Another method which is implemented with the Total Access Communications System (TACS) uses the overlapping of the antennas from adjacent sectors to reduce the number of antennas required for a six sector site to a total of six. This requires the receive antennas to be spatially separated by a number of wavelengths--which is normally the case on a standard site. Whilst in sector A the receive path in sectors B and F can be monitored and if found to be better than the receive path in sector A, the appropriate antenna can be switched into the receiver in preference to the antenna for sector A. It can be seen that this scheme would enhance the performance of the radio transmission.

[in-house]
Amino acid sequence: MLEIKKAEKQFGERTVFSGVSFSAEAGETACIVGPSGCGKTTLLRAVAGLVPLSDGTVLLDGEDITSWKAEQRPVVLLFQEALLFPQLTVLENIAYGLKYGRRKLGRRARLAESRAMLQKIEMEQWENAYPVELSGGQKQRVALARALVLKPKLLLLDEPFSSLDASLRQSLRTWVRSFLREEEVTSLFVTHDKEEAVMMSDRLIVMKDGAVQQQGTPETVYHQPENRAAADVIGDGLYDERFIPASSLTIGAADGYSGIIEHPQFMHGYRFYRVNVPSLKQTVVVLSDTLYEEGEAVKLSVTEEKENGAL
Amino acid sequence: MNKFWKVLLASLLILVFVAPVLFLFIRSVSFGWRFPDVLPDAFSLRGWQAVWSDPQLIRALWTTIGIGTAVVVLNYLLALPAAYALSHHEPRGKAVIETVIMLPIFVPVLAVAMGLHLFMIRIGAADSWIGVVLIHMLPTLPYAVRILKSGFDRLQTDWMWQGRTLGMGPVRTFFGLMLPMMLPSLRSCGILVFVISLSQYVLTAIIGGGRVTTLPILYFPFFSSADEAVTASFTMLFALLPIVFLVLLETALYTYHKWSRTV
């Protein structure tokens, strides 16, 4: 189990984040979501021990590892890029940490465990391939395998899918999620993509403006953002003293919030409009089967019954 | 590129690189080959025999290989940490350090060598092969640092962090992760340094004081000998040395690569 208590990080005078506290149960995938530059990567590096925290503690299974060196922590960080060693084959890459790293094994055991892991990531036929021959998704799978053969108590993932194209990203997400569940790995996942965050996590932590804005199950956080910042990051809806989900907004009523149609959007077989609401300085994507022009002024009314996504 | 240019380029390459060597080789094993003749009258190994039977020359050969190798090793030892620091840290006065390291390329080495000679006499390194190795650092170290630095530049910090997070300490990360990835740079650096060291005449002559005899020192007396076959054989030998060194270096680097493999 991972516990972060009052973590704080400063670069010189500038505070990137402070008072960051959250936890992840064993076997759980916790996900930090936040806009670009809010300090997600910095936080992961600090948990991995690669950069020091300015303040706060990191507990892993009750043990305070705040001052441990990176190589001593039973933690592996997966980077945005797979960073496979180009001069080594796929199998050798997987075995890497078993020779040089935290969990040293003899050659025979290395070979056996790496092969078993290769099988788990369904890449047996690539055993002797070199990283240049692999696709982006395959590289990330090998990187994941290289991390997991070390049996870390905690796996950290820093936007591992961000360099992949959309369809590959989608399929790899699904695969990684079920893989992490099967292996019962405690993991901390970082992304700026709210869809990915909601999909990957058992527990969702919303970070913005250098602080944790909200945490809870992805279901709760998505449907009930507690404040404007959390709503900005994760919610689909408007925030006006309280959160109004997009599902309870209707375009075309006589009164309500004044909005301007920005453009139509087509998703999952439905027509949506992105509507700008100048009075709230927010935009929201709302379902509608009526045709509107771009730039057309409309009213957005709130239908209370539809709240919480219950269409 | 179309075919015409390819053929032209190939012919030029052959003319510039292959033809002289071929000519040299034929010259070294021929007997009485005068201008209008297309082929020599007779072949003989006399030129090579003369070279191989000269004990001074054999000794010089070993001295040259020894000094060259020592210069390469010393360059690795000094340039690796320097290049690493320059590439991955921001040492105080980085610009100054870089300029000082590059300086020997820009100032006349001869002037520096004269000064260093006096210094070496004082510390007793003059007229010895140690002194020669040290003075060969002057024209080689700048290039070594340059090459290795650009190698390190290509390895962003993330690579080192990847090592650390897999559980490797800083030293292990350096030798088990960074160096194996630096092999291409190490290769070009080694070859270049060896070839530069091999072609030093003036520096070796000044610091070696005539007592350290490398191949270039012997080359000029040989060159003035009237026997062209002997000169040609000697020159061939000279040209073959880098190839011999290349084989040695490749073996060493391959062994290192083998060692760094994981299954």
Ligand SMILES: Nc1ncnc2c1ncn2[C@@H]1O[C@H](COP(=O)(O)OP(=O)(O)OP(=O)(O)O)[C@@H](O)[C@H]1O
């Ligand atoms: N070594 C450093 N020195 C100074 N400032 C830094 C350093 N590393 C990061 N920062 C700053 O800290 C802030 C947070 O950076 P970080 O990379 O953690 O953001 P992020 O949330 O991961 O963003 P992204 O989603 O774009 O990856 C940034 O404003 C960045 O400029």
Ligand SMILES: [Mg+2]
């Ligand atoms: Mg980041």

One implementation difficulty with this scheme is that the receiver must now use one main receive antenna and choose between two other antennas, making a total of three receive antennas possible for each sector. This selection may be achieved, in the TACS system, using a scan receiver as shown in FIG. 3. The scan receiver 12 measures the average signal level on receive antennas B and F and the antenna with the larger signal is used with the main antenna A to feed the diversity receiver 13.
Unfortunately, there are considerable practical difficulties inherent in the implementation of this shared diversity scheme when translated to the GSM system. In a GSM system it is inconvenient to provide a scan receiver and there is a need for alternative arrangement for selecting the correct antenna pair.